When David Drucker and Joel Bruckenstein wrote a book about technology innovations for advisers in 2002, many readers were skeptical of their recommendations to use email and create a website.
The authors, both experts in wealth management technology systems, said advisers needed to find new ways to connect with clients. Eventually they were proven right, and "Virtual Office Tools for a High Margin Practice" sold thousands of copies, a lot for such a niche publication.
Today Drucker and Bruckenstein are pushing a new agenda that is certain to rub some financial professionals the wrong way: Wealth advisory firms should fully automate their businesses, rid their offices of paper and get more adept at using cloud and mobile technologies.
The authors spoke with Reuters about these and other ideas in their book, "Technology Tools for Today's High-Margin Practice," which is due out early next year. Edited excerpts follow.
Q: How do advisers get new technology innovations past compliance?
Bruckenstein: Whenever somebody feels uncomfortable with something in this business, the first line of defense is to say "I'm not sure it's compliant."
Advisers shouldn't use compliance as an excuse not to do this. They should find out the best practices surrounding different technologies by talking to their broker-dealers, custodians or even regulators. Outside experts can also help advisers deal with concerns they have about keeping their client information safe on new technologies.
Q: Some of the innovations you suggest sound expensive. Is this really worth it?
Bruckenstein: It's pretty self-evident that technology pays for itself many times over in this business. For example, rebalancing software can cost tens of thousands of dollars. But if you have a medium-sized practice, you probably have a full-time person doing nothing but that. The software costs you a lot less than the person.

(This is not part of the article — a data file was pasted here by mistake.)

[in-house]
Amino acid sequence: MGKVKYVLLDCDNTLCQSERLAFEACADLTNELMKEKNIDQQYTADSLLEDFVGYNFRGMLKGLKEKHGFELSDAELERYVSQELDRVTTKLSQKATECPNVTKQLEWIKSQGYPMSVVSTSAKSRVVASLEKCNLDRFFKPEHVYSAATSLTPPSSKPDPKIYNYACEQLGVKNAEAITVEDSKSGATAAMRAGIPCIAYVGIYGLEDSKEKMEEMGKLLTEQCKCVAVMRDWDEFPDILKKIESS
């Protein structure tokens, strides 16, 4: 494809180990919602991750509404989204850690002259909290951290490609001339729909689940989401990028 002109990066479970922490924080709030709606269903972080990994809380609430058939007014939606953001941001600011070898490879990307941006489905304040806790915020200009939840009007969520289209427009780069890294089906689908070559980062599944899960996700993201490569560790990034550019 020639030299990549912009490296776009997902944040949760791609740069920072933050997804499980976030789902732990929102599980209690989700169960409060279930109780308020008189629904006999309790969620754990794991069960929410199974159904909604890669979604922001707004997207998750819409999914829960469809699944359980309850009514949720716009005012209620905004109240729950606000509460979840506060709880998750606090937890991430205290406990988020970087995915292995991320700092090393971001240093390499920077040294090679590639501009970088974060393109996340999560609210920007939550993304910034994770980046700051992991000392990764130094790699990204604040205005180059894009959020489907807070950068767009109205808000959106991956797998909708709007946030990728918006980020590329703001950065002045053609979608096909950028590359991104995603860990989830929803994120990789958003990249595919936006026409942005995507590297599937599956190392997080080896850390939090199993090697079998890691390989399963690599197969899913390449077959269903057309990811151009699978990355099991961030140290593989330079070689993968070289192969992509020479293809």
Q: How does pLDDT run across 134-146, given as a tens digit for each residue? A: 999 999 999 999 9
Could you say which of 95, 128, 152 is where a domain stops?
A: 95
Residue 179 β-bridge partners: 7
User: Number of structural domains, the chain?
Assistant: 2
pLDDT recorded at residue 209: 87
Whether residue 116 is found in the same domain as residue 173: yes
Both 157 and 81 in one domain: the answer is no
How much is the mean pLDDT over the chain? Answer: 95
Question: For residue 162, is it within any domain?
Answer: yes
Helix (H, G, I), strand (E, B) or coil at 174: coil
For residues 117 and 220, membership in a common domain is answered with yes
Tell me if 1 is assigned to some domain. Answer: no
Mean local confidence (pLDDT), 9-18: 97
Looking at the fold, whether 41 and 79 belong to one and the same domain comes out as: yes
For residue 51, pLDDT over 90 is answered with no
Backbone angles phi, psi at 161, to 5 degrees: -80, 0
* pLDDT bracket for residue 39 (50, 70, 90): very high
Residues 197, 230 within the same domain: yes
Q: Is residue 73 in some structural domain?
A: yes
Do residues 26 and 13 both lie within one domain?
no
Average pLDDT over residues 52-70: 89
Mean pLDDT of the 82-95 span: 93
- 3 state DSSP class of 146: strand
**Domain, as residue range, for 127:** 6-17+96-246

If you're not spending at least 4 percent of your annual revenue on technology, you're probably not spending enough.
Q: Why is cloud computing, the technology that lets users store data in remote locations instead of on traditional infrastructure in their offices, one of your favorite tools?
Bruckenstein: If you have all your data on a server in your office and that hard drive crashes, you have to fix it. But if you're running in a cloud-based system, with a company like Salesforce or RedTail, they're maintaining the hardware.
The cloud can also help companies avoid making big capital outlays for hardware every few years, and it helps keep things running smoothly in natural disasters.
Q: You also stress the importance of going paperless. Why?
Bruckenstein: In the typical adviser office, 85 percent of data aren't readily accessible, and nobody can find information when they need it. It's unstructured and unorganized.
Q: What's the best method for going paperless?
Bruckenstein: A lot of advisers just scan in their documents and save them onto their server. The problem with this is you essentially have a photograph that is not searchable.
Instead, advisers should invest in content management software that creates indexed and searchable documents. Or they can outsource this work to a company like Laserfiche or Docupace.
Q: You also expect to see advisers get more mobile. What are some key ways this will happen?
Drucker: In the old days, a typical client meeting might involve printing out a lot of paper - an agenda, graphs and so forth. Nowadays advisers are just showing the clients the data on an iPad. Also, a lot of advisers are making use of the mobile applications designed by their custodians, which allow them to use their smartphone to go into their custodial account and check their clients' balances, and even do some trades.
Bruckenstein: Another key feature of mobile devices is alerting. If you own a particular stock across all your clients, you should set up an alert for when the price moves more than 5 percent.
Q: You've said that only 10 percent of firms are hitting your ideal standard for technology utilization. How many will be hitting that ideal five years from now?
Bruckenstein: My crystal ball is not that good, but I think in five years it'll still be less than 50 percent.
Independent advisers are generally a relatively conservative lot. They're charged with the responsibility of being good shepherds of their clients' finances. And so any time they're confronted with something new or unknown, there's a natural hesitancy to be an early adopter.
(Reporting by Jennifer Hoyt Cummings; Editing by Lauren Young and Lisa Von Ahn)